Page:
By David Fleet
Ortonville- Area pharmacists and medical professions say at times the demand for COVID tests has been off the charts.
And for good reason.
The past holiday travel along with the rapid spread of the new omicron coronavirus variant has pushed the demand for testing up prompting a challenge for many that may be infected.
Now, to make matters worse the U.S. Food and Drug Administration said Jan. 4 that preliminary research shows some rapid antigen tests may be less sensitive at detecting the highly contagious omicron variant of the coronavirus.
Locally, tests are available and include in-person and self administered rapid antigen tests, but the demand is soaring.
“I know it’s been a challenge for a lot of people to get the same-day testing,” said Jenny Roelandt, Ortonville Rite Aid pharmacist. “Most testing locations are fully booked for a few days out. And the at-home tests sell out fast, usually within a couple of hours of getting them in stock.”
Roelandt says it’s best to get online and sign up for a test.
“Some days are more busy than others,” she said. “While the self administered tests are faster, they could also produce false-negative results for COVID.”
The FDA, along with researchers from the National Institutes of Health, used samples from patients confirmed to be infected with the omicron variant to study how well antigen tests work. The agency said early results suggest that antigen tests “do detect the omicron variant but may have reduced sensitivity,” meaning it’s possible the tests could miss an infection, known as a “false negative.”
Nena Woodall, manager of M-15 Urgent Care, 250 N. Ortonville Road, Suite C, Groveland Township said, if patients feel they may have been exposed, or possibly had symptoms of the coronavirus, call their office for a test.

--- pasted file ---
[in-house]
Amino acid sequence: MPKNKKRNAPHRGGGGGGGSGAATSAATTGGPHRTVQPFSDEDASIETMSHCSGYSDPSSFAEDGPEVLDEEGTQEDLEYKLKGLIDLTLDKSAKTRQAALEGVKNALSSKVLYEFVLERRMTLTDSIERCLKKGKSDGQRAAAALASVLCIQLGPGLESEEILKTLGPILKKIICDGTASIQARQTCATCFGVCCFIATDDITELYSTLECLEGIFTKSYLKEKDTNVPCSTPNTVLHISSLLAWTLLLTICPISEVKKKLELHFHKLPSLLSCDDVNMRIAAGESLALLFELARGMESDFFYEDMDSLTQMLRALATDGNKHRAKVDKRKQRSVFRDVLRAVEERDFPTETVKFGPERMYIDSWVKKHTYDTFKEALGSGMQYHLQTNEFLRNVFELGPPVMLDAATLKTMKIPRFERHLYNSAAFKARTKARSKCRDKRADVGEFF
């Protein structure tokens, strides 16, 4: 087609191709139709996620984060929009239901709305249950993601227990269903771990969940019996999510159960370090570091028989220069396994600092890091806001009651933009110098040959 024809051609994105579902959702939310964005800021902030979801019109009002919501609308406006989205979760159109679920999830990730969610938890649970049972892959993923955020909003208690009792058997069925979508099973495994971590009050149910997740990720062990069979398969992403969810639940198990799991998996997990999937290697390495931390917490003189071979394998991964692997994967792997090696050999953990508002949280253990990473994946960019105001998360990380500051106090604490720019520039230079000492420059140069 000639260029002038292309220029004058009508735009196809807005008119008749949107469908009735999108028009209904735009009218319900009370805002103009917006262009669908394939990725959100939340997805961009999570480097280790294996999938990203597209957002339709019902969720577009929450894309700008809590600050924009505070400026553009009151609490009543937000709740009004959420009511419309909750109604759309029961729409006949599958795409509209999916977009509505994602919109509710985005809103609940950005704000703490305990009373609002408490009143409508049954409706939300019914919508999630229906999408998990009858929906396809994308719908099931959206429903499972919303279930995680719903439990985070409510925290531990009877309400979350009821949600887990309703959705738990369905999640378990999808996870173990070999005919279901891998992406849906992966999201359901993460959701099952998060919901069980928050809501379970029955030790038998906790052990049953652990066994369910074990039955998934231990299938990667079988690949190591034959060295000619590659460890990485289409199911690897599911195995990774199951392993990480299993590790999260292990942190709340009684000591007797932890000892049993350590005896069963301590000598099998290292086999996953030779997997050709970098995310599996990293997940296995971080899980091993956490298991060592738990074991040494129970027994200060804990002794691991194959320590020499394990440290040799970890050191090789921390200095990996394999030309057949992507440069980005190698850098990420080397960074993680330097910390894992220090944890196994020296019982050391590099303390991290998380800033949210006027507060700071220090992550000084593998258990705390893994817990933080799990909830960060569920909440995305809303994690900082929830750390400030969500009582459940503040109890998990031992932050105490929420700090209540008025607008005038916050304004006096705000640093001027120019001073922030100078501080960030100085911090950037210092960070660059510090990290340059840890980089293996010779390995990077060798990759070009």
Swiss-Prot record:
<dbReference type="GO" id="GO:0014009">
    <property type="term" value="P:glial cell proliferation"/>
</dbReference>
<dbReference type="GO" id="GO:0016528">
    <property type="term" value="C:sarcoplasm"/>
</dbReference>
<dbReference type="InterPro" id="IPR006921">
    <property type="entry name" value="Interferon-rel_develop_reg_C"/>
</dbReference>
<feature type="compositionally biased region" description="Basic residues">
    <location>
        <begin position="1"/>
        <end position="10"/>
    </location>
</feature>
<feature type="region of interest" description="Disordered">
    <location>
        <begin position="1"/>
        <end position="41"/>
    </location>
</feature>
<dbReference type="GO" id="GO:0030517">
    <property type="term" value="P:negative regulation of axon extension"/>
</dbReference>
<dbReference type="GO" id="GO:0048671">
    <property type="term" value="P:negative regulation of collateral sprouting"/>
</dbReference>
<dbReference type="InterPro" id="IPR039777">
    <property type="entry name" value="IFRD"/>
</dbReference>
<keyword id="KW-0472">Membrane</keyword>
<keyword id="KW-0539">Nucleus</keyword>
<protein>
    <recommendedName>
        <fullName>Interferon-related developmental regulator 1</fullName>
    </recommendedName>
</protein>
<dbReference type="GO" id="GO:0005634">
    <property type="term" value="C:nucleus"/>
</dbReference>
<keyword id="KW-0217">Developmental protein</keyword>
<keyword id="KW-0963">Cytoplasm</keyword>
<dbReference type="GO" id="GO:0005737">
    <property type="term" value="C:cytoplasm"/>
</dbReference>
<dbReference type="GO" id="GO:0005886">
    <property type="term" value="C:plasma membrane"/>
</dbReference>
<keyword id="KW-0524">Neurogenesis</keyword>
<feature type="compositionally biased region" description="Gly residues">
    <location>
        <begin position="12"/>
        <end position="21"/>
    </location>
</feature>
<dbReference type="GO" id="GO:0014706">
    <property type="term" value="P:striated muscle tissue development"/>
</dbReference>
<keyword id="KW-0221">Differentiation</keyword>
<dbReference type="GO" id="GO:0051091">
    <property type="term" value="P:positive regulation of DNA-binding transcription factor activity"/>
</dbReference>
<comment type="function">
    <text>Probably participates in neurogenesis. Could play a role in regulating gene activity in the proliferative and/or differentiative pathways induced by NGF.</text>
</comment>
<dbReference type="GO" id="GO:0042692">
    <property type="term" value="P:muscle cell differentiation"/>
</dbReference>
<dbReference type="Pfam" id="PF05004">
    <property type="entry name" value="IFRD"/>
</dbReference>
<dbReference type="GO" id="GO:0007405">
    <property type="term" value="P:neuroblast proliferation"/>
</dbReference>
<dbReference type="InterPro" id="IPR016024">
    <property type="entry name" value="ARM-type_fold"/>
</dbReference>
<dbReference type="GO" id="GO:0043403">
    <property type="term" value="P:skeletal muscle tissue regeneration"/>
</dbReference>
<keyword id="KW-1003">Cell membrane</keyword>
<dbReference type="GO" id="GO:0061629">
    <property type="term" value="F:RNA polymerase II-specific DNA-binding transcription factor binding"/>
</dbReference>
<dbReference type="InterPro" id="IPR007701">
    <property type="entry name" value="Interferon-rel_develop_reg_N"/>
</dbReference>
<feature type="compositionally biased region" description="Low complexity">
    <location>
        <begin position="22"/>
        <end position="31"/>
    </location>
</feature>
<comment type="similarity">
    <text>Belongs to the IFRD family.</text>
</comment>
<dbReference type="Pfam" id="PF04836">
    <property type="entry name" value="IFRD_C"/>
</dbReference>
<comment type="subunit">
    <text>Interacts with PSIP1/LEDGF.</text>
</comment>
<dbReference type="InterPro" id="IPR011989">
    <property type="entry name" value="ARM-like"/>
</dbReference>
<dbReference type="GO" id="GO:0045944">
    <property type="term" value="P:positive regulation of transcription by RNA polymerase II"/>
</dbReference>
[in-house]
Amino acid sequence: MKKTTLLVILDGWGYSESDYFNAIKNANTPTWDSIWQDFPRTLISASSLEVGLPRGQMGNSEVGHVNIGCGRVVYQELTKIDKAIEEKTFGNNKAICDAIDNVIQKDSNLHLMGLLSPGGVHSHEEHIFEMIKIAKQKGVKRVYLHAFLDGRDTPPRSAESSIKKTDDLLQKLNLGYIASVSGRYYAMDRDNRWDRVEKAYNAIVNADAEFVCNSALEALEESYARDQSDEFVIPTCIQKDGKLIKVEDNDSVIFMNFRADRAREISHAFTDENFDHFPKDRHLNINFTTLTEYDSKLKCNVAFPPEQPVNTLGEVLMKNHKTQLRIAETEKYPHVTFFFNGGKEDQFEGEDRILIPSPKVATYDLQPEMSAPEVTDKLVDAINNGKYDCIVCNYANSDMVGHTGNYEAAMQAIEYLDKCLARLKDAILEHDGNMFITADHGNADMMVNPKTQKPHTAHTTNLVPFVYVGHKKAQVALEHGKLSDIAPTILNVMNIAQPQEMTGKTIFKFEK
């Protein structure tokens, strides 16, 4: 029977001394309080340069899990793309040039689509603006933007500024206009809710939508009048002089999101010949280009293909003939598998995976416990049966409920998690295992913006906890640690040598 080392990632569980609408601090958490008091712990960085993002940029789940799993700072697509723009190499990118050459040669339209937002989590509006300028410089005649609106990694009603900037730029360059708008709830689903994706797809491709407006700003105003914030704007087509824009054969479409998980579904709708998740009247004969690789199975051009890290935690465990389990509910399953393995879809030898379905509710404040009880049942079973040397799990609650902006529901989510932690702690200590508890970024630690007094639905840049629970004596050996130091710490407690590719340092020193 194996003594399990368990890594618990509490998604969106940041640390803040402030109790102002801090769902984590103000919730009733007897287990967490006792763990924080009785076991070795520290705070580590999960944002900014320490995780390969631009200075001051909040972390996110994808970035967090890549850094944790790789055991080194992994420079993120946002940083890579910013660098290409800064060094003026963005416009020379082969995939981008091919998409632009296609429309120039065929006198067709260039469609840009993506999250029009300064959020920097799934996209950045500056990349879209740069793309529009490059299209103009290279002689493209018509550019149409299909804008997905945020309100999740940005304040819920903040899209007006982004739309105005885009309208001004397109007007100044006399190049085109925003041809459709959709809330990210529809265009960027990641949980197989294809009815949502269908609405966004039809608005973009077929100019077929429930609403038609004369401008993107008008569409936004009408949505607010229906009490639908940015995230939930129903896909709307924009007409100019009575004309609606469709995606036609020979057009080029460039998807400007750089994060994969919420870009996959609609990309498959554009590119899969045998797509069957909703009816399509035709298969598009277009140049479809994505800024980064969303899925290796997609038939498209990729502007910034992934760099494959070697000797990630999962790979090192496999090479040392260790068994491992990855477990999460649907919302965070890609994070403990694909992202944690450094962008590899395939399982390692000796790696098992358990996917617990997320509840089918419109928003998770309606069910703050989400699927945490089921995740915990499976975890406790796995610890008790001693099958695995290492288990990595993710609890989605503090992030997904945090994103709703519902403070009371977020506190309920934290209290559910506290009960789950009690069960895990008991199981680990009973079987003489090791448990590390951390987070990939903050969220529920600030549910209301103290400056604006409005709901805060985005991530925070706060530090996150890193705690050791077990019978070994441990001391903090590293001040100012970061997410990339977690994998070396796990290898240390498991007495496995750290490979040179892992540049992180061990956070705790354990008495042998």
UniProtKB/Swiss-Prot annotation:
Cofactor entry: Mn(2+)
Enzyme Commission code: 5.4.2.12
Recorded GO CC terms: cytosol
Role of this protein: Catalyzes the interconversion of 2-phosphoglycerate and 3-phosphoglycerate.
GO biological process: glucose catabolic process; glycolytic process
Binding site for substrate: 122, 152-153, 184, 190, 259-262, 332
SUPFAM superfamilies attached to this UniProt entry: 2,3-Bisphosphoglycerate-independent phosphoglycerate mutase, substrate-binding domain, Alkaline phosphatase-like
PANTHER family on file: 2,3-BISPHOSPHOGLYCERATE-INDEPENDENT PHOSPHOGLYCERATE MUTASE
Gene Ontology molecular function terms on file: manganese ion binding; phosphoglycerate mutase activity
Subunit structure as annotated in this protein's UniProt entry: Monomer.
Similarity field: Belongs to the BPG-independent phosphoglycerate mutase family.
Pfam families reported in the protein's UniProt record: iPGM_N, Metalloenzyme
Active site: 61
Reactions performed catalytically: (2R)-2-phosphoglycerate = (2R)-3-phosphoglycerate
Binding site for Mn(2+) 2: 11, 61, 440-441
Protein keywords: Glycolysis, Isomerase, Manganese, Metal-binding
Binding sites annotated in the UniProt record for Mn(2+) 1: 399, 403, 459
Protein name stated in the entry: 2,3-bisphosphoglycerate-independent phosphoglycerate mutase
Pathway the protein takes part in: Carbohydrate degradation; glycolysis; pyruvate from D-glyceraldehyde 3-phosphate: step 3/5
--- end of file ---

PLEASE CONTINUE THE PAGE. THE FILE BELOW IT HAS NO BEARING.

“It’s important to test,” said Woodall. “The faster we are tested the faster all can get back to normal. By testing if you have symptoms those that can’t ‘vax’ or opt not to will be less likely to be infected.”
The M-15 Urgent Care provides the PCR or polymerase chain reaction that takes longer to get results, with a turn around time of about two days.
“The rapid COVID home tests are more likely to give a false negative,” she said.
Woodall’s findings regarding testing also follow the FDA report issued last week with the heavily-mutated Omicron variant compared to earlier strains of COVID.
“I would suggest that if you get a negative rapid test then still get a PCR,” she said. “Some employers are now requesting a PCR test over the home test.”
Mike Attar, of Oak Family Pharmacist, 320 North Ortonville Road said as many as 60 people have stopped in for a PCR test in just one day.
“We’re often sold out of the COVID self test,” said Attar.
The PCR test has been taking about two days for results, with tests picked up Monday, Wednesday and Fridays, he said.